Now, we have brooding stock, so we can produce our own quail and not have to have any more shipped.

Buying Hatching Eggs

About a month ago, we purchased some coturnix quail eggs to hatch as well as 2 hovabator incubators. It was $116 to buy 250 eggs, so we figured that was a pretty good deal. My husband is cooking a huge feast for about 100 people over Memorial day weekend and planned to serve quail. If you buy it in the store, it's really expensive ($5+ per bird). We thought this would be a cheaper way to go and we'd have incubators for another time.

Well, we received 269 eggs UPS. The box had huge letters on every side that said "Hatching Eggs." We figured the box would arrive on a Thursday or Friday. Friday came and went with no eggs. We weren't sure what was going to happen because UPS doesn't deliver on Saturdays. Saturday morning, my husband went down to the gate and found the box which looked like it'd been dropped over the gate. It wasn't there at 9pm on Friday, so it must have been delivered late Friday. It got REALLY cold that night. Of the 269 eggs, 228 were not cracked. Many had been jostled out of their slots. The packaging looked more than adequate and we don't feel it was the hatchery's fault at all but blame UPS for the poor delivery. My cell number was clearly on the label and a quick call would have been more that adequate.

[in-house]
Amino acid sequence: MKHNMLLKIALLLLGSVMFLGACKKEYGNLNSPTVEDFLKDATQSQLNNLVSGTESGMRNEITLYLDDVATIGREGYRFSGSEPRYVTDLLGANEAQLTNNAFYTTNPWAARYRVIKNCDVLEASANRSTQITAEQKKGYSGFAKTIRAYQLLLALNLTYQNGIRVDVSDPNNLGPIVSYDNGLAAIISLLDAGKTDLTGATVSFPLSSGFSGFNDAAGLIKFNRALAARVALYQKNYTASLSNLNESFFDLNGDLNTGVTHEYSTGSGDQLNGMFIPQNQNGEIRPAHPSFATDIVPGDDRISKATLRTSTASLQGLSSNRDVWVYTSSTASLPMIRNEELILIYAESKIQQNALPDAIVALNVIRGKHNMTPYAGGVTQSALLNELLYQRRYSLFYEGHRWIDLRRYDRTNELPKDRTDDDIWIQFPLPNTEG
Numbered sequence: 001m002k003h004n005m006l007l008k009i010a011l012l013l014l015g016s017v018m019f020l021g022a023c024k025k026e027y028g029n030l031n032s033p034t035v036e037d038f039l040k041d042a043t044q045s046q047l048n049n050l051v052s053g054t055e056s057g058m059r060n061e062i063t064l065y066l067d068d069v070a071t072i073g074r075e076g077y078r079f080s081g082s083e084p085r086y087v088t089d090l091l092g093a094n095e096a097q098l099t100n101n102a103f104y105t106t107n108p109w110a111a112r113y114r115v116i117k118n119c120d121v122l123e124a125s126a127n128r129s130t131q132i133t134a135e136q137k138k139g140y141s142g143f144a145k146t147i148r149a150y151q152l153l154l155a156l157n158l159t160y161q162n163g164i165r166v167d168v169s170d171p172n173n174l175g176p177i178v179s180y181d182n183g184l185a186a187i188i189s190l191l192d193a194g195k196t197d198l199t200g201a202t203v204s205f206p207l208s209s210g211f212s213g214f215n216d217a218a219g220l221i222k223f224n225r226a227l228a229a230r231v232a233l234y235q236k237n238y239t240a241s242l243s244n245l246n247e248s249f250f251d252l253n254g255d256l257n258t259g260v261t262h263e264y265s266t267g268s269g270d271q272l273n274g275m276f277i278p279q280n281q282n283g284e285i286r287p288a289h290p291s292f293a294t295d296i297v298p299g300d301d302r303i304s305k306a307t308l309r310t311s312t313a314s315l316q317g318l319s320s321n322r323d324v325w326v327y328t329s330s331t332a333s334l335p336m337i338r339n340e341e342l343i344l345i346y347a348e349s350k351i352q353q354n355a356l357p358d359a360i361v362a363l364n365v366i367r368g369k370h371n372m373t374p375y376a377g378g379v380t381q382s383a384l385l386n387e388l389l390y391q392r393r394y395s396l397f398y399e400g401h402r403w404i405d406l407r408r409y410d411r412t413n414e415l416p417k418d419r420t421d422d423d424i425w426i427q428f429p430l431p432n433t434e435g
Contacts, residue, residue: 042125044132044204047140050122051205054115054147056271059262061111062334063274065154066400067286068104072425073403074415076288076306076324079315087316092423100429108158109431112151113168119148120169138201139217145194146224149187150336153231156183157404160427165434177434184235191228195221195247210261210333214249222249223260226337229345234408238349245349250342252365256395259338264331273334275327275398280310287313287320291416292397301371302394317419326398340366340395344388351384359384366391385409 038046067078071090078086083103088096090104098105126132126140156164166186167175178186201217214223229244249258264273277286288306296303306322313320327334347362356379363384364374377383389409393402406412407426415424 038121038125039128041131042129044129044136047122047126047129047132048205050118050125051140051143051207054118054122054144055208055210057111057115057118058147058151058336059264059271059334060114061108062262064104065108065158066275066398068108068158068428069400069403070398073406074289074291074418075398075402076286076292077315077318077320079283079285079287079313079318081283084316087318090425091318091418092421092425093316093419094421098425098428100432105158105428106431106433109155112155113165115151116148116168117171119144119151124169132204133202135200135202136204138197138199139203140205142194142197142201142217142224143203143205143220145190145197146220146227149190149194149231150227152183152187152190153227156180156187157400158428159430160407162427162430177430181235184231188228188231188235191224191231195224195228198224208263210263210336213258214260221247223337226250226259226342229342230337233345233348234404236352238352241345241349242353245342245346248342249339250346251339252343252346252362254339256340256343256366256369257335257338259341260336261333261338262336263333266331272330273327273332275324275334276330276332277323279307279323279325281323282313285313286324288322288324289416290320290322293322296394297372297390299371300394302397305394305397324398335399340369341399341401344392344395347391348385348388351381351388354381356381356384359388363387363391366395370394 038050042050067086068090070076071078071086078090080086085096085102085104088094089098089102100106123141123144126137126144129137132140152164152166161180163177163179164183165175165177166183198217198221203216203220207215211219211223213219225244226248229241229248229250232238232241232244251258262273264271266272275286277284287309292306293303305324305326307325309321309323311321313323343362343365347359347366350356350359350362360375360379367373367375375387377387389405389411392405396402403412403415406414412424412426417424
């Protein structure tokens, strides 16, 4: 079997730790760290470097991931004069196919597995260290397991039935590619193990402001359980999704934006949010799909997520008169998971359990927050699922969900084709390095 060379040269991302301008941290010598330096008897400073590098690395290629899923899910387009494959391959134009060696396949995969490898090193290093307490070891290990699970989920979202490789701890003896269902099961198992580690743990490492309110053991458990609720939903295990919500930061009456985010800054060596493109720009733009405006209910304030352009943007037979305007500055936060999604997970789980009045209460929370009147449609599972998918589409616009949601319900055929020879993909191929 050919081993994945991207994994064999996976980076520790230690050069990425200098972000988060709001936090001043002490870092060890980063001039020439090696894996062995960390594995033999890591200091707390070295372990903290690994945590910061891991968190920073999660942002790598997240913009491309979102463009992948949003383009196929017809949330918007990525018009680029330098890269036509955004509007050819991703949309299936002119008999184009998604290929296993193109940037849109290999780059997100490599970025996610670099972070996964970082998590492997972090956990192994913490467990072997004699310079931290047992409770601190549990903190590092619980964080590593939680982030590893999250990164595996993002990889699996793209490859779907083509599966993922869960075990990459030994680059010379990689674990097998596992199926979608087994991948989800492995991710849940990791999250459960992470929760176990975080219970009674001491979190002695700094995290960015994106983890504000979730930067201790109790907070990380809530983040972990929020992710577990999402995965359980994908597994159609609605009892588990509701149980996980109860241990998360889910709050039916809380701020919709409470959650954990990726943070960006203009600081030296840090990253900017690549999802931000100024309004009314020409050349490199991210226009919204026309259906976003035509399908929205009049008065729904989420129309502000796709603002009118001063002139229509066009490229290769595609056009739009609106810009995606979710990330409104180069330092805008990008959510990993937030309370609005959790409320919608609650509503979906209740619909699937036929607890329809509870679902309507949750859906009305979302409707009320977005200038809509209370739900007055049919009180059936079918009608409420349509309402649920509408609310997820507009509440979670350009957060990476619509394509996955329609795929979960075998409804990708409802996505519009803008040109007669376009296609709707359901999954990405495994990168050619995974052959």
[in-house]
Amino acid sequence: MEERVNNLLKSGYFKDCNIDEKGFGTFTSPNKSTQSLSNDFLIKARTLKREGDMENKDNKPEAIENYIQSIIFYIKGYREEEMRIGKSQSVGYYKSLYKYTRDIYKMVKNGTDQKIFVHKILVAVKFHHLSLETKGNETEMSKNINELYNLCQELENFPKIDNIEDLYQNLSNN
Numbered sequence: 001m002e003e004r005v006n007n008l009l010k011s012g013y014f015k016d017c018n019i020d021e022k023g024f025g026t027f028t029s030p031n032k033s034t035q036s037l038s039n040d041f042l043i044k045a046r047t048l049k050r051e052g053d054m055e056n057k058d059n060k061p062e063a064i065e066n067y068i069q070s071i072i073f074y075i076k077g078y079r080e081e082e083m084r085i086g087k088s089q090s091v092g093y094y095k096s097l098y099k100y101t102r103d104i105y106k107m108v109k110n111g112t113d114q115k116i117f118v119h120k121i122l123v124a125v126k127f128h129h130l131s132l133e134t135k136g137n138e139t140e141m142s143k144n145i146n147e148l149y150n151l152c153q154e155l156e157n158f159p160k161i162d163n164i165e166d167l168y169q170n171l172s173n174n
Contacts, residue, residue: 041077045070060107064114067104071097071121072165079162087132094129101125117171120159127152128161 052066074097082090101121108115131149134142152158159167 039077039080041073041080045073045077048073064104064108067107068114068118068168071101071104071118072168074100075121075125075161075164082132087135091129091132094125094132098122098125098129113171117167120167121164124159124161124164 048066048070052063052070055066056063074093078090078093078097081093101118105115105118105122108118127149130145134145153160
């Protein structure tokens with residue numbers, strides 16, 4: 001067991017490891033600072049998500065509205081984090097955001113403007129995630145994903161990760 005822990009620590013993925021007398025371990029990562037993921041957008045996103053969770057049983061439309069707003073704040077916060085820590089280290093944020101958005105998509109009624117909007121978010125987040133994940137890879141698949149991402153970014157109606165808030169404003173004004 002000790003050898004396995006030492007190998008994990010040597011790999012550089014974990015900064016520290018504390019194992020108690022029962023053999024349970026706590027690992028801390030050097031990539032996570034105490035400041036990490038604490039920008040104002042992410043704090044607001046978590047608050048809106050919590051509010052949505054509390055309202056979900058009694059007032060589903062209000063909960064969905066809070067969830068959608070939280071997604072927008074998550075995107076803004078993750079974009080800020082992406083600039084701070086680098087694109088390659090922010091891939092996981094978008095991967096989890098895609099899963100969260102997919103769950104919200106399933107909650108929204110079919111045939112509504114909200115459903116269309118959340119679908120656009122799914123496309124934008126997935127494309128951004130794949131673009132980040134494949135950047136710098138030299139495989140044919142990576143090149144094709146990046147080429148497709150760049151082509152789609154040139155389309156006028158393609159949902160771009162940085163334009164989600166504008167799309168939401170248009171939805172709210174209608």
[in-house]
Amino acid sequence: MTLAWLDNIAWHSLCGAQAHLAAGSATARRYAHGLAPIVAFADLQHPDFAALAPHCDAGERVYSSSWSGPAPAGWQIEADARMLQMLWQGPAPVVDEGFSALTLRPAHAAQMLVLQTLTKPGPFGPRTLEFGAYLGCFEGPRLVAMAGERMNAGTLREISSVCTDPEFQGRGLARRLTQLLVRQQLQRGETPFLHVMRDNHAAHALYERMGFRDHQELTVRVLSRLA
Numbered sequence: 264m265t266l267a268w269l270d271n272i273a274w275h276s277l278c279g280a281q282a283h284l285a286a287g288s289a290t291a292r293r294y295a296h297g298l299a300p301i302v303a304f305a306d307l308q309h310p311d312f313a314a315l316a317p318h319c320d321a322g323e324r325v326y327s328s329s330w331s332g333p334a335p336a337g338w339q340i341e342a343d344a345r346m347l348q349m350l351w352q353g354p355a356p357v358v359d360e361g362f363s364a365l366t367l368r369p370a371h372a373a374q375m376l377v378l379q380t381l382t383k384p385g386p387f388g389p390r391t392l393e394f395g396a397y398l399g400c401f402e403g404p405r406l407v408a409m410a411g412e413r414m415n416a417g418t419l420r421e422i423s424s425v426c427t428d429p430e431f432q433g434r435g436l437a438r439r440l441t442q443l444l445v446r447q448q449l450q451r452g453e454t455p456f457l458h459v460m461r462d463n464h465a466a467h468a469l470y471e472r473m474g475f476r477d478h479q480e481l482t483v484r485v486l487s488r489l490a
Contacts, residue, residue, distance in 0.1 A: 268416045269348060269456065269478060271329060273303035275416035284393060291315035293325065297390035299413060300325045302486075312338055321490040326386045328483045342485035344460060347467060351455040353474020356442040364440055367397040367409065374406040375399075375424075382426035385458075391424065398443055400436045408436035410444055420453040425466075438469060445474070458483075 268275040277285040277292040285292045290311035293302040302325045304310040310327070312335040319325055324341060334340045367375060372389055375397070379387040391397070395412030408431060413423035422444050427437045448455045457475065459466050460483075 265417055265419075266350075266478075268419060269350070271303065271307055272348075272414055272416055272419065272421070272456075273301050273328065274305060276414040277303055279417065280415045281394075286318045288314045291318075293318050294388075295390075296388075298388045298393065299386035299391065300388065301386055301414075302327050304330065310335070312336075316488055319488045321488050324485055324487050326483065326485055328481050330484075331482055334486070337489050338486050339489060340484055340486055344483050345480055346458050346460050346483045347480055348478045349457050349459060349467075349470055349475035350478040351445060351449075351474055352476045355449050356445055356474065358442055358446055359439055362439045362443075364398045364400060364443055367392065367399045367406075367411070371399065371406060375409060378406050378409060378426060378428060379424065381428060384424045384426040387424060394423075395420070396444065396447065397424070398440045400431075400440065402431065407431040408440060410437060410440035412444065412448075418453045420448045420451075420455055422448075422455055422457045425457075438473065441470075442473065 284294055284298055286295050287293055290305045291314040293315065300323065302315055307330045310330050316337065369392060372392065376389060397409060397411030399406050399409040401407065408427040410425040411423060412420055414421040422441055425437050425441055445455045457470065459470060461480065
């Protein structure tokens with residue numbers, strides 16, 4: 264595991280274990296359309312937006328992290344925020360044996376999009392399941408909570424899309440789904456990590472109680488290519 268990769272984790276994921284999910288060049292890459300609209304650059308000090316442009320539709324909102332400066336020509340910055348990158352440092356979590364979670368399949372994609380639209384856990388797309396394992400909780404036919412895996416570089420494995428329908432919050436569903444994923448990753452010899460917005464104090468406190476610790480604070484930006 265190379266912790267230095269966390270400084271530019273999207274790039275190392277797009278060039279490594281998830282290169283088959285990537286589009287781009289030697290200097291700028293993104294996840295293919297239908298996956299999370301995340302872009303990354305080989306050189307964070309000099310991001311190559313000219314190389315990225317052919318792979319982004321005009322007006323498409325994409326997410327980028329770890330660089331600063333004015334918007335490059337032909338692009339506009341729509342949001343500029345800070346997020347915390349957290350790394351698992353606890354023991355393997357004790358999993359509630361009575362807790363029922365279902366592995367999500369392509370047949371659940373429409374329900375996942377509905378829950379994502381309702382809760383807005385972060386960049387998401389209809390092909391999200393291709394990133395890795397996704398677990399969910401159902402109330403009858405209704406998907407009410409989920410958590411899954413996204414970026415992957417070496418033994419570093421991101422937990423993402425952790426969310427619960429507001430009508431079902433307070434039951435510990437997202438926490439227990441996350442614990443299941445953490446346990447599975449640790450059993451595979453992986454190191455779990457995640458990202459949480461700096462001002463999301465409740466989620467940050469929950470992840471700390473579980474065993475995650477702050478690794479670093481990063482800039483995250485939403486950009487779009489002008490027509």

Anyway, of the 240 (I decided to incubate 12 I was pretty certain wouldn't hatch just in case) we incubated, about 75 hatched (31%). (Quail have a 60% hatching rate normally.) Of those, about 45 survived to adulthood (18%). We won't do that again. It was a total waste of money. I won't accept UPS for eggs again anyway, that's for sure.

Friday, April 22, 2011

Gas is Expensive

Did you know you can change the mpg you get in your car?

Here are some things to think about:
58 mph is the ideal speed for gas consumption.
Every mph over 60 is the equivalent of paying 5 cents more per gallon.
When traffic isn't an issue, you can coast to stop lights, signs, and turns using existing momentum to get there rather than additional gas.
When  you need to sit idle for more than 1 minute, it's more efficient to turn the car off.
Keep the car cleaned out. Excess weight in the car equals excess gas usage.
Keep the air filter clean.
Keep the tires inflated to the ratings listed on the driver door.
Doing regular maintenance checks can seem expensive but it will help keep the expenses down in the long run and help the car run more efficiently.